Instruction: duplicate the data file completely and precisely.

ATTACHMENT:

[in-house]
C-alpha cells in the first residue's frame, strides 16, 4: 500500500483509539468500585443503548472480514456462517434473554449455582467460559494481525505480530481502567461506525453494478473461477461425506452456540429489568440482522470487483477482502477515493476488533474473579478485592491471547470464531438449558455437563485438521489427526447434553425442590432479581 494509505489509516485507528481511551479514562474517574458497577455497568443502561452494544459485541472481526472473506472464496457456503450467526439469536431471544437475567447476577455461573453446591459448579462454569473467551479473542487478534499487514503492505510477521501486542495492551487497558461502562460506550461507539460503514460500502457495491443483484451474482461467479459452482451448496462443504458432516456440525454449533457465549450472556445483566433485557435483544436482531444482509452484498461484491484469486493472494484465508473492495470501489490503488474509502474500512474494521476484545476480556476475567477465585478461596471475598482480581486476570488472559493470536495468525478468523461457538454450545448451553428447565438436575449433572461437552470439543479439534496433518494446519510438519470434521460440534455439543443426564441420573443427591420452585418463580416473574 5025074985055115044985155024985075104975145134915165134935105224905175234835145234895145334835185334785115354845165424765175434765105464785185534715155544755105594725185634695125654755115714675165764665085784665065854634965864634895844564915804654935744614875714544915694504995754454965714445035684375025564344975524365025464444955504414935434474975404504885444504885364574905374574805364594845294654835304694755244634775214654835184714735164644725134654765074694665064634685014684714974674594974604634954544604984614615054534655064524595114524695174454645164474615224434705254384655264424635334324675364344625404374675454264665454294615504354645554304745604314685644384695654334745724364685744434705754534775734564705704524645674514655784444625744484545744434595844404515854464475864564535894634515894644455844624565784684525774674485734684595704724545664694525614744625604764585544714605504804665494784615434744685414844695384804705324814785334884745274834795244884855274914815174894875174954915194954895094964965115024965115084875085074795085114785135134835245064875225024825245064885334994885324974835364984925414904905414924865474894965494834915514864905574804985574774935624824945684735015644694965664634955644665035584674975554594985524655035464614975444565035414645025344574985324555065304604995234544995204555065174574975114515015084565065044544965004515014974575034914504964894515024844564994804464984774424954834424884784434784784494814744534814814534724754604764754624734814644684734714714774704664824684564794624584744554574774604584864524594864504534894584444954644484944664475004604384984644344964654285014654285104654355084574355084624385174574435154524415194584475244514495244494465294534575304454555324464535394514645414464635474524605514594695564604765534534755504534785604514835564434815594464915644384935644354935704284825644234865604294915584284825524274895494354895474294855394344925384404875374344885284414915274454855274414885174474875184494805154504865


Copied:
[in-house]
C-alpha cells in the first residue's frame, strides 16, 4: 500500500483509539468500585443503548472480514456462517434473554449455582467460559494481525505480530481502567461506525453494478473461477461425506452456540429489568440482522470487483477482502477515493476488533474473579478485592491471547470464531438449558455437563485438521489427526447434553425442590432479581 494509505489509516485507528481511551479514562474517574458497577455497568443502561452494544459485541472481526472473506472464496457456503450467526439469536431471544437475567447476577455461573453446591459448579462454569473467551479473542487478534499487514503492505510477521501486542495492551487497558461502562460506550461507539460503514460500502457495491443483484451474482461467479459452482451448496462443504458432516456440525454449533457465549450472556445483566433485557435483544436482531444482509452484498461484491484469486493472494484465508473492495470501489490503488474509502474500512474494521476484545476480556476475567477465585478461596471475598482480581486476570488472559493470536495468525478468523461457538454450545448451553428447565438436575449433572461437552470439543479439534496433518494446519510438519470434521460440534455439543443426564441420573443427591420452585418463580416473574 5025074985055115044985155024985075104975145134915165134935105224905175234835145234895145334835185334785115354845165424765175434765105464785185534715155544755105594725185634695125654755115714675165764665085784665065854634965864634895844564915804654935744614875714544915694504995754454965714445035684375025564344975524365025464444955504414935434474975404504885444504885364574905374574805364594845294654835304694755244634775214654835184714735164644725134654765074694665064634685014684714974674594974604634954544604984614615054534655064524595114524695174454645164474615224434705254384655264424635334324675364344625404374675454264665454294615504354645554304745604314685644384695654334745724364685744434705754534775734564705704524645674514655784444625744484545744434595844404515854464475864564535894634515894644455844624565784684525774674485734684595704724545664694525614744625604764585544714605504804665494784615434744685414844695384804705324814785334884745274834795244884855274914815174894875174954915194954895094964965115024965115084875085074795085114785135134835245064875225024825245064885334994885324974835364984925414904905414924865474894965494834915514864905574804985574774935624824945684735015644694965664634955644665035584674975554594985524655035464614975444565035414645025344574985324555065304604995234544995204555065174574975114515015084565065044544965004515014974575034914504964894515024844564994804464984774424954834424884784434784784494814744534814814534724754604764754624734814644684734714714774704664824684564794624584744554574774604584864524594864504534894584444954644484944664475004604384984644344964654285014654285104654355084574355084624385174574435154524415194584475244514495244494465294534575304454555324464535394514645414464635474524605514594695564604765534534755504534785604514835564434815594464915644384935644354935704284825644234865604294915584284825524274895494354895474294855394344925384404875374344885284414915274454855274414885174474875184494805154504865